Nozick’s state of nature

Chapter 1 of Nozick’s classic work “Anarchy, State, and Utopia poses the following “what if” thought experiment: What if we lived in a state of nature, in a world in which there were no actual states or governments? This hypothetical first-order inquiry, in turn, raises a methodological second-order question: Why does Nozick himself begin his book with such an abstract, theoretical query?

Nozick provides two reasons for his second-order query. First: because the choice between the state and anarchy is the most fundamental question of political philosophy. And second: because Nozick wants to explain how a state or government could in theory arise in conditions of anarchy. The key words here are “in theory”, for Nozick readily admits that it doesn’t matter to him how the first states or governments really arose. What matters, according to Nozick, is not whether a particular explanation of the state is true or not. (Indeed, Nozick himself, pp. 7-8, describes three ways an explanation could go wrong.) Rather, what matters is whether an explanation “illuminates” the existence of states and governments.

Alas, Nozick doesn’t explain how a “defective” or incorrect explanation could provide any meaningful “illumination.” Worse yet, Nozick makes totally unwarranted assumptions about the state of nature. Instead of assuming a Hobbesian war of all-against-all, he assumes an idyllic Lockean state of nature, one in which “people generally satisfy moral constraints and generally act as they ought” (p. 5). Yet, there is a method to this methodological madness! In the eloquent words of Robert Nozick (id.), “If one could show that [a theoretical] state would be superior to even this most favored situation of [peaceful] anarchy …, or would arise by a process involving no morally impermissible steps, or would be an improvement if it [a state] arose, this would … justify the state[!]” (Note: it appears that Nozick is not searching for a Humean or consequentialist justification; instead, he is looking for a non-instrumentalist or Kantian justification of the existence of states and governments.)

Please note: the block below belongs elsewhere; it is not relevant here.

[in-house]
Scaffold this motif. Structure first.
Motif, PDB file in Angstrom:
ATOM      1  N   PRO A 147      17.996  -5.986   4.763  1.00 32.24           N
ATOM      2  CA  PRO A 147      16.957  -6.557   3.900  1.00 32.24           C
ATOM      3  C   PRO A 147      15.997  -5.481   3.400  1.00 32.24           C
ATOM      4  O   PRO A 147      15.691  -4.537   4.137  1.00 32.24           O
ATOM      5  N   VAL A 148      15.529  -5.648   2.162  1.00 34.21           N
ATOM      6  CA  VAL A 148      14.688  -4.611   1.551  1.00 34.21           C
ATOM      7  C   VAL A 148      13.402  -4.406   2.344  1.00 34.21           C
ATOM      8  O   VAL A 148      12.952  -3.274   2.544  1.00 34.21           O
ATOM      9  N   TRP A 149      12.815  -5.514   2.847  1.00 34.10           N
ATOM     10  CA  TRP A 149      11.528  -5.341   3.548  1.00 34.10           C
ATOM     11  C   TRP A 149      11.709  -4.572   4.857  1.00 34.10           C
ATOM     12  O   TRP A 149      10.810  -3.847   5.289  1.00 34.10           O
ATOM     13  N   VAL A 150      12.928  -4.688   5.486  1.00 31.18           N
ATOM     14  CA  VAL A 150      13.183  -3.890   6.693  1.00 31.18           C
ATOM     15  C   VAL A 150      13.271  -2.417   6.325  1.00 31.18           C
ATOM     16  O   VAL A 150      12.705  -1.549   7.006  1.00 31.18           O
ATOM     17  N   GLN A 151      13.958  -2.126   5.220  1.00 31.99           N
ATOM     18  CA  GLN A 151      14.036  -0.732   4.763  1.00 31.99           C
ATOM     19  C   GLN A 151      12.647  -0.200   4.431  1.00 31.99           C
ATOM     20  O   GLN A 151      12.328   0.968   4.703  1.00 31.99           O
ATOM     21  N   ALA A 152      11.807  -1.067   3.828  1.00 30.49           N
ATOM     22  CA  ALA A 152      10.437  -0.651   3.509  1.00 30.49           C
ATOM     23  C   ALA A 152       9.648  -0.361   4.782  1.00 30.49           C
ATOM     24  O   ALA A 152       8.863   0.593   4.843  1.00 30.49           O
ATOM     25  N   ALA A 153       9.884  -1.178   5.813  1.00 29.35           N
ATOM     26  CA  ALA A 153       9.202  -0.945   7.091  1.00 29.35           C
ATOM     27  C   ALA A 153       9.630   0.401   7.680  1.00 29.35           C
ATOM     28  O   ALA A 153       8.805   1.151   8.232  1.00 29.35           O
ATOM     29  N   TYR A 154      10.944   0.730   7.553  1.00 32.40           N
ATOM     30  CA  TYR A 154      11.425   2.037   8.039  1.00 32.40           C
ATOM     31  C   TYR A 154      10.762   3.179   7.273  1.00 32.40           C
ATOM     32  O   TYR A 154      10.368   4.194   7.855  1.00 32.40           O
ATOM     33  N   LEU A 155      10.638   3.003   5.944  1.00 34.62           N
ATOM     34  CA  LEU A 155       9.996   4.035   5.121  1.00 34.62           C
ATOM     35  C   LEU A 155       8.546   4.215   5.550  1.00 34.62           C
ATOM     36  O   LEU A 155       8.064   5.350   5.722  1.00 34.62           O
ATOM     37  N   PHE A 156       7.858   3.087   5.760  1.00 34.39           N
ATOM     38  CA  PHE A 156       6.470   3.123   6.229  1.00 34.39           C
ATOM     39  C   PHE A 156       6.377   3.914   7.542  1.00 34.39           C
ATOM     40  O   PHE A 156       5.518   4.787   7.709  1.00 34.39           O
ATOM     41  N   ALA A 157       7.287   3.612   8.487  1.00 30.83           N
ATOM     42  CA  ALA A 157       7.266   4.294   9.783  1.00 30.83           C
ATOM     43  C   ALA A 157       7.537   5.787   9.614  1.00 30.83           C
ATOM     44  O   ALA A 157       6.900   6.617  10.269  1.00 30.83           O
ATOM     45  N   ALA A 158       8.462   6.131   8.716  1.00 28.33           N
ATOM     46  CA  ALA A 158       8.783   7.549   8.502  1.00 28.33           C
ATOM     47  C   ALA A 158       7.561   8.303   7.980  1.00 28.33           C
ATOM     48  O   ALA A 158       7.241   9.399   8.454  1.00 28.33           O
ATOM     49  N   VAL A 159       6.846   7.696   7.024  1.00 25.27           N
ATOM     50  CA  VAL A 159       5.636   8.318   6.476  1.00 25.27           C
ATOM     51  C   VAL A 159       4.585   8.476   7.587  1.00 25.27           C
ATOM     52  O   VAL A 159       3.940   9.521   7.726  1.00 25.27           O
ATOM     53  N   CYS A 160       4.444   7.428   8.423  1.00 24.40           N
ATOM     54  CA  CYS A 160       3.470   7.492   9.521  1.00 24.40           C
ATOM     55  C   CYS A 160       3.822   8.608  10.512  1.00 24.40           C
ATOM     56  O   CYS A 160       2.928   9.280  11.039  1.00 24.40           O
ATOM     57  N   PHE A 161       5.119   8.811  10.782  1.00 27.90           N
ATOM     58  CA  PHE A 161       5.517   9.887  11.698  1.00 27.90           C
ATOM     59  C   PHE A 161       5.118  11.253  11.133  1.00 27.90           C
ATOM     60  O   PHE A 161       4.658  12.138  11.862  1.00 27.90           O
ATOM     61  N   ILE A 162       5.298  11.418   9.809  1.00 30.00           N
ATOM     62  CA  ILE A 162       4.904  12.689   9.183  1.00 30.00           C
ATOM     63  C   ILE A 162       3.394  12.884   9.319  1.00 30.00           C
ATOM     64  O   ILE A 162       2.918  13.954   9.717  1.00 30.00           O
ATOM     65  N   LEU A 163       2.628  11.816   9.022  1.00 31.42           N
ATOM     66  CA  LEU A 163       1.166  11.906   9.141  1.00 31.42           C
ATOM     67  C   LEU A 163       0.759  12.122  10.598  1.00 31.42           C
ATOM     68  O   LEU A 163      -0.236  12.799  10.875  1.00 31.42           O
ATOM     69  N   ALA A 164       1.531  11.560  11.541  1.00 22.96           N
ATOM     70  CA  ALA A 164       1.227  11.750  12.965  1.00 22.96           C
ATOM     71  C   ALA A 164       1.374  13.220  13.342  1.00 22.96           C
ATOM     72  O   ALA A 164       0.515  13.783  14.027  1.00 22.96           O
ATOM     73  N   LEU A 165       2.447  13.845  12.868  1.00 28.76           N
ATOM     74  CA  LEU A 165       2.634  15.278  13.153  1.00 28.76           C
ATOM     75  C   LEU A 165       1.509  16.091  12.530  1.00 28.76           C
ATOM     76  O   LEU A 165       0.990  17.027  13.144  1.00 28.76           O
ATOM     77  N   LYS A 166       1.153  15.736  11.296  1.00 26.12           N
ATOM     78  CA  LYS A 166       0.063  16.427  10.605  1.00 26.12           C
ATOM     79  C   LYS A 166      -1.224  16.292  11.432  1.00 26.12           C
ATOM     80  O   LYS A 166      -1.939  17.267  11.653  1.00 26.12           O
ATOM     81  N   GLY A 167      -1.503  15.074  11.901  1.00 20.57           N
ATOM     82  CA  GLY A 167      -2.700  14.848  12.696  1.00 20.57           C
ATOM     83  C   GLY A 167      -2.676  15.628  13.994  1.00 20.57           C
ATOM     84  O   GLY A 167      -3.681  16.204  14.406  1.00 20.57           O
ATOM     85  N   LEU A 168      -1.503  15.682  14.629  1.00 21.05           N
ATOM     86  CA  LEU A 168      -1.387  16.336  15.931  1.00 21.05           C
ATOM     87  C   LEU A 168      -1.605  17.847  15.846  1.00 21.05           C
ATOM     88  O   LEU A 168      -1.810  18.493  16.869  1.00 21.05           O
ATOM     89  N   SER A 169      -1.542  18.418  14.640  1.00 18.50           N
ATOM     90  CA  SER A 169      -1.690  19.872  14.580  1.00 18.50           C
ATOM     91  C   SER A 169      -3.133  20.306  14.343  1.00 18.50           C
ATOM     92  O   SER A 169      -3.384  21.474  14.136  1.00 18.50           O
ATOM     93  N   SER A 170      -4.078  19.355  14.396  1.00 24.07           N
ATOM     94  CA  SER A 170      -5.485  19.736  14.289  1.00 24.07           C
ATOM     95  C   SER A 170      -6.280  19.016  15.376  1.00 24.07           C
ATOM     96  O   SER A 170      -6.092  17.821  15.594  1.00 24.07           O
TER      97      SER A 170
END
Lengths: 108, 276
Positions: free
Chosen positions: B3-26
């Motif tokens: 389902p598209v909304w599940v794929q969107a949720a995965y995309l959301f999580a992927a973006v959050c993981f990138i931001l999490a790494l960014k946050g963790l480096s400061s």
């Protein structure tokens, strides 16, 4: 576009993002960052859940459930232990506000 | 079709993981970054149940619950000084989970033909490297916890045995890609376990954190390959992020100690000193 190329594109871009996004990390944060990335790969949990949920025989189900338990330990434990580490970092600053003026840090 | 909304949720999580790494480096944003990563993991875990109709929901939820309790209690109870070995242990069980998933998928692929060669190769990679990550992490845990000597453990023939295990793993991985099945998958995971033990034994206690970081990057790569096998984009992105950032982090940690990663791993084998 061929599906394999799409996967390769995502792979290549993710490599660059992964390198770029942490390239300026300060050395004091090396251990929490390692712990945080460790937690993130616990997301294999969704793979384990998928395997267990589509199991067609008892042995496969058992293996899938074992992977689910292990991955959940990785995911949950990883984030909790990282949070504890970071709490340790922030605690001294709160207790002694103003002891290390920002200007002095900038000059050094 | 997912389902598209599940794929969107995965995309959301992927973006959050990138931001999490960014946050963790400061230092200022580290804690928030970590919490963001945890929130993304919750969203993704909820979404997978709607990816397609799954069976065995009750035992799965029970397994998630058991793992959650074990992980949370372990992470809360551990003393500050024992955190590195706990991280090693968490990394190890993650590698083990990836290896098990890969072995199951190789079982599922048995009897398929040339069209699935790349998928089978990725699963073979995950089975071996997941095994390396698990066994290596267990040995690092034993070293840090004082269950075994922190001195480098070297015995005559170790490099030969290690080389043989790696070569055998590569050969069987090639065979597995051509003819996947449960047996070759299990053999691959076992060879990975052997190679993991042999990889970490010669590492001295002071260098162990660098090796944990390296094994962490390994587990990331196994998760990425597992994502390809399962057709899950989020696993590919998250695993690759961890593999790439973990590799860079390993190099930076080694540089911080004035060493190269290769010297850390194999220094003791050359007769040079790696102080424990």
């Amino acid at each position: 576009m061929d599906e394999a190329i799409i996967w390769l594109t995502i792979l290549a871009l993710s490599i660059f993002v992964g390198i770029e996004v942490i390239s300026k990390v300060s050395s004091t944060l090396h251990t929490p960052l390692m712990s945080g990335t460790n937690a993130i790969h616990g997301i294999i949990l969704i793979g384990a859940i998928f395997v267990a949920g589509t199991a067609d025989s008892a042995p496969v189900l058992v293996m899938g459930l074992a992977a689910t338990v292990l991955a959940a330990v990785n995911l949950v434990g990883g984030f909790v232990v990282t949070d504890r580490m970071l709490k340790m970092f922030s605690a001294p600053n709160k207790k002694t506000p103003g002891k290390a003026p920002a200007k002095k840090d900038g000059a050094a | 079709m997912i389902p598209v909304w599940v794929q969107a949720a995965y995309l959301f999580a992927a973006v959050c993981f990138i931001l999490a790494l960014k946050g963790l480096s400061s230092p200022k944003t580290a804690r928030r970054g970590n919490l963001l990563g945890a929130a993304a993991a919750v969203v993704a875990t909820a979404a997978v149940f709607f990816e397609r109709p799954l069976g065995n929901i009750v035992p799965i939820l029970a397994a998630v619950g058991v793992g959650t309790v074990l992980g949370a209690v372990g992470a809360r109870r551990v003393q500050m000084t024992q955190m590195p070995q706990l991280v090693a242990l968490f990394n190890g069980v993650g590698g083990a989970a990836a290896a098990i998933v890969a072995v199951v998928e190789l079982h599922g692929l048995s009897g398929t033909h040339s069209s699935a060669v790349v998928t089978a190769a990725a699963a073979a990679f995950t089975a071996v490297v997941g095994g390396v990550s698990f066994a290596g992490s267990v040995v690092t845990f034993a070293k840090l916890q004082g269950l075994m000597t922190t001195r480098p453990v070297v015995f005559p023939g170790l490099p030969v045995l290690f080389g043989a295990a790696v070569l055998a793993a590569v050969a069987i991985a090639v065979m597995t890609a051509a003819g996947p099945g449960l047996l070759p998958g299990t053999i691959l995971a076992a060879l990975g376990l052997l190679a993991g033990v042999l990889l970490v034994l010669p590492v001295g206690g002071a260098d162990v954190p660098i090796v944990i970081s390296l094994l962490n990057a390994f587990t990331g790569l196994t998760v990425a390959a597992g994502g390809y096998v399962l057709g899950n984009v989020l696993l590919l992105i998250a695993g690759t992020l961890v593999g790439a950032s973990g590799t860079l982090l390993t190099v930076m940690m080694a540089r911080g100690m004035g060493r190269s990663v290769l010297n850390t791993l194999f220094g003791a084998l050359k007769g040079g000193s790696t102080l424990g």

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Credit: Kayla Ferguson

About F. E. Guerra-Pujol

When I’m not blogging, I am a business law professor at the University of Central Florida.
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1 Response to Nozick’s state of nature

  1. Reblogged this on prior probability and commented:

    I am reblogging part 3 of my in-depth review of Robert Nozick’s “Anarchy, State, and Utopia” (see below). Here, Nozick joins a conversation that began centuries ago with Thomas Hobbes, John Locke, and Jean Jacques Rousseau, a conversation centered around “the state of nature” — a world without states or governments, a world without politics. But is a world without politics possible? What I find most troubling about this conversation is that most of the discussants, beginning with Hobbes, Locke, and Rousseau, rarely talk about the role of kinship rules in the state of nature. Yes, there are no states in the state of nature, but there are families, kin groups, and elders!
    Nozick is no exception in this regard. Instead of taking an anthropological approach to the state of nature, Nozick conjures up a hypothetical fantasy world that has probably never existed anywhere at any time. But as I explain below, there might indeed be a kind of method to Nozick’s methodological madness. In fact, when I read Nozick for the first time, one of the things that I ended up liking most about “Anarchy, State, and Utopia” is all the thought-experiments and imaginary scenarios that Nozick conjures up on page after page of his book. Perhaps thought-experiments are no substitute for empirical reality, but if I have to choose, I prefer a creative philosophical thought-experiment, one whose assumptions are few and clearly stated up fronted, a million times over a complex and convoluted “empirical” paper full of contested and often hidden assumptions and impenetrable statistical jargon.

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